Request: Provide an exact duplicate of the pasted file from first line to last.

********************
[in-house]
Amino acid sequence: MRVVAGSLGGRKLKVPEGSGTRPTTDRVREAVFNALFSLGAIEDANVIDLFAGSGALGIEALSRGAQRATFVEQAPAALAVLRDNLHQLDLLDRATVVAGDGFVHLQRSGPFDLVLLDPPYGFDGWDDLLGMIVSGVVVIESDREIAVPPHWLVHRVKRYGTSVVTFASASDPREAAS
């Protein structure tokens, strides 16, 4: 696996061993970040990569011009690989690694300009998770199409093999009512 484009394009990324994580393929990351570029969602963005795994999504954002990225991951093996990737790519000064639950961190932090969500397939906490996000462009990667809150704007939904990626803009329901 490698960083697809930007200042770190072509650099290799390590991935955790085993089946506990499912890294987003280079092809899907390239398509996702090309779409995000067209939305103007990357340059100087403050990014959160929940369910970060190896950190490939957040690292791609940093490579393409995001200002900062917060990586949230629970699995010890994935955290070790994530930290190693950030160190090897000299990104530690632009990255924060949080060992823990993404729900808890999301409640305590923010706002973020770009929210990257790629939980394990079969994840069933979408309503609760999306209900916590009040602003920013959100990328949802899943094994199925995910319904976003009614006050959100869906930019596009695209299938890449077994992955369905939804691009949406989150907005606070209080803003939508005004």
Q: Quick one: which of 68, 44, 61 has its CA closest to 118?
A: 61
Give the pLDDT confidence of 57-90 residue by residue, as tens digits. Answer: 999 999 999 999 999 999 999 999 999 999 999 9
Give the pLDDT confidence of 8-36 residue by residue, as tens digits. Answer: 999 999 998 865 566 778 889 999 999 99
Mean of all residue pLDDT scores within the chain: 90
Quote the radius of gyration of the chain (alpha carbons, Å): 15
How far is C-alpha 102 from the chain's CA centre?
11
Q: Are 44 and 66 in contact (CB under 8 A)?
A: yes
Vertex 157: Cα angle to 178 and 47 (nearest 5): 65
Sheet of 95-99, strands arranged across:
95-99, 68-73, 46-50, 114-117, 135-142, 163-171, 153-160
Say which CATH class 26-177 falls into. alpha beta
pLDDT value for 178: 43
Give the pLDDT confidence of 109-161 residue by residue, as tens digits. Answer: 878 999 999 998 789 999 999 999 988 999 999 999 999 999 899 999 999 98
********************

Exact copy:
[in-house]
Amino acid sequence: MRVVAGSLGGRKLKVPEGSGTRPTTDRVREAVFNALFSLGAIEDANVIDLFAGSGALGIEALSRGAQRATFVEQAPAALAVLRDNLHQLDLLDRATVVAGDGFVHLQRSGPFDLVLLDPPYGFDGWDDLLGMIVSGVVVIESDREIAVPPHWLVHRVKRYGTSVVTFASASDPREAAS
């Protein structure tokens, strides 16, 4: 696996061993970040990569011009690989690694300009998770199409093999009512 484009394009990324994580393929990351570029969602963005795994999504954002990225991951093996990737790519000064639950961190932090969500397939906490996000462009990667809150704007939904990626803009329901 490698960083697809930007200042770190072509650099290799390590991935955790085993089946506990499912890294987003280079092809899907390239398509996702090309779409995000067209939305103007990357340059100087403050990014959160929940369910970060190896950190490939957040690292791609940093490579393409995001200002900062917060990586949230629970699995010890994935955290070790994530930290190693950030160190090897000299990104530690632009990255924060949080060992823990993404729900808890999301409640305590923010706002973020770009929210990257790629939980394990079969994840069933979408309503609760999306209900916590009040602003920013959100990328949802899943094994199925995910319904976003009614006050959100869906930019596009695209299938890449077994992955369905939804691009949406989150907005606070209080803003939508005004």
Q: Quick one: which of 68, 44, 61 has its CA closest to 118?
A: 61
Give the pLDDT confidence of 57-90 residue by residue, as tens digits. Answer: 999 999 999 999 999 999 999 999 999 999 999 9
Give the pLDDT confidence of 8-36 residue by residue, as tens digits. Answer: 999 999 998 865 566 778 889 999 999 99
Mean of all residue pLDDT scores within the chain: 90
Quote the radius of gyration of the chain (alpha carbons, Å): 15
How far is C-alpha 102 from the chain's CA centre?
11
Q: Are 44 and 66 in contact (CB under 8 A)?
A: yes
Vertex 157: Cα angle to 178 and 47 (nearest 5): 65
Sheet of 95-99, strands arranged across:
95-99, 68-73, 46-50, 114-117, 135-142, 163-171, 153-160
Say which CATH class 26-177 falls into. alpha beta
pLDDT value for 178: 43
Give the pLDDT confidence of 109-161 residue by residue, as tens digits. Answer: 878 999 999 998 789 999 999 999 988 999 999 999 999 999 899 999 999 98